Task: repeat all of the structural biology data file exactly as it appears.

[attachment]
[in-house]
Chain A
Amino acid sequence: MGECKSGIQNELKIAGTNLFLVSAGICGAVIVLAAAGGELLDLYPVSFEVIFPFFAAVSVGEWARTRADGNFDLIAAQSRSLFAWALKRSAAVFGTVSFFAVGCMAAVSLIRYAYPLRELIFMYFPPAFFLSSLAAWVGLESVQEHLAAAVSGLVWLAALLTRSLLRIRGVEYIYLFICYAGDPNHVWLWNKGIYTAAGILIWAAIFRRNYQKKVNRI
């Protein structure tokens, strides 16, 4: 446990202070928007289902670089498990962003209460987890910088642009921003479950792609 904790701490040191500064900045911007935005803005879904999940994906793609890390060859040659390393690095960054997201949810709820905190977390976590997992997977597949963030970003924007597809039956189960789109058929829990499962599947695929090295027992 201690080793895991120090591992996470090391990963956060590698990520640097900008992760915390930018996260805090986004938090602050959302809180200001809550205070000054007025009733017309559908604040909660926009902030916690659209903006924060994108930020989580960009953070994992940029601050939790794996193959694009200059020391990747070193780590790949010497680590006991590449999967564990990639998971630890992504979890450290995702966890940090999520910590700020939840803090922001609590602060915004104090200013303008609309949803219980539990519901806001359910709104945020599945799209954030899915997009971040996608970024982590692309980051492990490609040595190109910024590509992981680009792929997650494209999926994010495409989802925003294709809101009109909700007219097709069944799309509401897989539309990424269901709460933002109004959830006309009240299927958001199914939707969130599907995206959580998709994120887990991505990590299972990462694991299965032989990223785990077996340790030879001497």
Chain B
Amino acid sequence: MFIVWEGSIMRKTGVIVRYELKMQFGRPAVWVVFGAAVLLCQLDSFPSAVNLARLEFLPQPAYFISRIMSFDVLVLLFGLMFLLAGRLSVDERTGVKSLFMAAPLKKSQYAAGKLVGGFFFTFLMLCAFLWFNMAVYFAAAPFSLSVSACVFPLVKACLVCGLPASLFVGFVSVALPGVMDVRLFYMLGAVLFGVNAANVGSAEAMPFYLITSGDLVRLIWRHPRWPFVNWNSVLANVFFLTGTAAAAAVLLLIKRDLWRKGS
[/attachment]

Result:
[in-house]
Chain A
Amino acid sequence: MGECKSGIQNELKIAGTNLFLVSAGICGAVIVLAAAGGELLDLYPVSFEVIFPFFAAVSVGEWARTRADGNFDLIAAQSRSLFAWALKRSAAVFGTVSFFAVGCMAAVSLIRYAYPLRELIFMYFPPAFFLSSLAAWVGLESVQEHLAAAVSGLVWLAALLTRSLLRIRGVEYIYLFICYAGDPNHVWLWNKGIYTAAGILIWAAIFRRNYQKKVNRI
């Protein structure tokens, strides 16, 4: 446990202070928007289902670089498990962003209460987890910088642009921003479950792609 904790701490040191500064900045911007935005803005879904999940994906793609890390060859040659390393690095960054997201949810709820905190977390976590997992997977597949963030970003924007597809039956189960789109058929829990499962599947695929090295027992 201690080793895991120090591992996470090391990963956060590698990520640097900008992760915390930018996260805090986004938090602050959302809180200001809550205070000054007025009733017309559908604040909660926009902030916690659209903006924060994108930020989580960009953070994992940029601050939790794996193959694009200059020391990747070193780590790949010497680590006991590449999967564990990639998971630890992504979890450290995702966890940090999520910590700020939840803090922001609590602060915004104090200013303008609309949803219980539990519901806001359910709104945020599945799209954030899915997009971040996608970024982590692309980051492990490609040595190109910024590509992981680009792929997650494209999926994010495409989802925003294709809101009109909700007219097709069944799309509401897989539309990424269901709460933002109004959830006309009240299927958001199914939707969130599907995206959580998709994120887990991505990590299972990462694991299965032989990223785990077996340790030879001497």
Chain B
Amino acid sequence: MFIVWEGSIMRKTGVIVRYELKMQFGRPAVWVVFGAAVLLCQLDSFPSAVNLARLEFLPQPAYFISRIMSFDVLVLLFGLMFLLAGRLSVDERTGVKSLFMAAPLKKSQYAAGKLVGGFFFTFLMLCAFLWFNMAVYFAAAPFSLSVSACVFPLVKACLVCGLPASLFVGFVSVALPGVMDVRLFYMLGAVLFGVNAANVGSAEAMPFYLITSGDLVRLIWRHPRWPFVNWNSVLANVFFLTGTAAAAAVLLLIKRDLWRKGS